There were, of course, rock & roll frontmen before Roger Daltrey. But really, what was the point of ’em? When it came to the Who’s magic bus, Pete Townshend’s songs formed the engine, John Entwistle provided the chassis and Keith Moon brought the high octane rocket fuel, but it was always Daltrey who commanded the wheel. And it wasn’t just his powerhouse voice and epic stage presence that put him in that position. It was Daltrey who founded the Who [as the Detours] in 1962; Daltrey who built the band’s guitars out of plywood; Daltrey who drove the van; and Daltrey who cracked the whip when it needed to be cracked. “Good old Rog,” wrote Townshend in the 1994 Who box set Thirty Years of Maximum R&B, ” . . . without his driving, tin-plate, cutter-uppers force I would still be languishing in the garret of the visual artist I was training to be.”
Not surprisingly, Daltrey has long been the foremost champion of the Who. He’s currently plotting a biopic on the life of the late Moon, and even in the off years since 1982 when the band wasn’t reuniting, he’s never stopped promoting and performing Townshend’s songs, being arguably prouder of them than Townshend himself. So expect him to be in fine fighting form this summer on the band’s stripped-down, rock & roll amphitheater tour.
Whenever the Who reunites, it often seems like Pete has to be dragged into it kicking and screaming, John couldn’t care either way, and you’re playing cheerleader.
In actual fact, it’s Pete this time who really wants to go out and do it. And I can’t believe it’s happening! To be really honest, this is something that’s grown out of those benefit shows last year, and I’m just taking it a day at a time. And of course, I love being with the band — to be on a stage, and even though we’re playing songs that are old, they’re our songs . . .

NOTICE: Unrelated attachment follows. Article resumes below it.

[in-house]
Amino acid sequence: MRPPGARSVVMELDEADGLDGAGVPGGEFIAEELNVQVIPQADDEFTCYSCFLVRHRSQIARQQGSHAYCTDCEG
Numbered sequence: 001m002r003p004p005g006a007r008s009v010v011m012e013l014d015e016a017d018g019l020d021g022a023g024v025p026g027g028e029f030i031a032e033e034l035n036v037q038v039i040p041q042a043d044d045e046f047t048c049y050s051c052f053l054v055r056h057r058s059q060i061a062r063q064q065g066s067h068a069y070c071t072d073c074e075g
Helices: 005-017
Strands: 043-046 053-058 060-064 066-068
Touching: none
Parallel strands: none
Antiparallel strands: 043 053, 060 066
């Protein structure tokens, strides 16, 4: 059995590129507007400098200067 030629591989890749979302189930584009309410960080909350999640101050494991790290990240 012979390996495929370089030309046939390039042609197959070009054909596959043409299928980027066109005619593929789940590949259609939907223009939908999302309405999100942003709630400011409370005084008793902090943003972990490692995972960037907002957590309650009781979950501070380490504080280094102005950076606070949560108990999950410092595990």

At the press conference announcing the tour, how did you feel when the “nostalgia question” came up?
What a load of bullshit that is. I mean, if you went to see a Beethoven concert tonight, is that nostalgia? If you go to a museum and look at a Renoir exhibition, is that nostalgia? How can it be nostalgia if it’s our fucking music? It fucking belongs to us and we can play it when and where ever we like. And if people don’t want to come and see it, then that’s up to them — we don’t force anyone. But it’s certainly not nostalgia. And sometimes you go onstage, and mostly by accident, things happen and a musical direction gets switched in a certain way, and it’s just pure fucking magic. And that to me is probably the single most beautiful thing in my life, to have ever achieved something that wondrous. And it happens quite regularly with the Who, so of course I enjoy it and I’m enthusiastic.
What is it about Pete’s songs that allows you to never get tired of them?
There’s a courage and an honesty about them. And I know they were written really about problems of adolescence and just a little bit beyond that, most of them, but they equally apply to problems of middle age and onwards too. I think there are other problems of middle age and onwards, but it’s frustrated me that Pete has never managed to put pen to paper or pen to guitar and write more about them. It always frustrated me that Pete could do it so well about adolescence and about the young boy growing up, but he can’t write about the middle-aged man figuring out his life with all the problems he faces. I mean, what’s the fucking difference?
Did you ever listen to his solo albums and think, “I’d love to get my hands on that song, see what we could do with it with the Who”?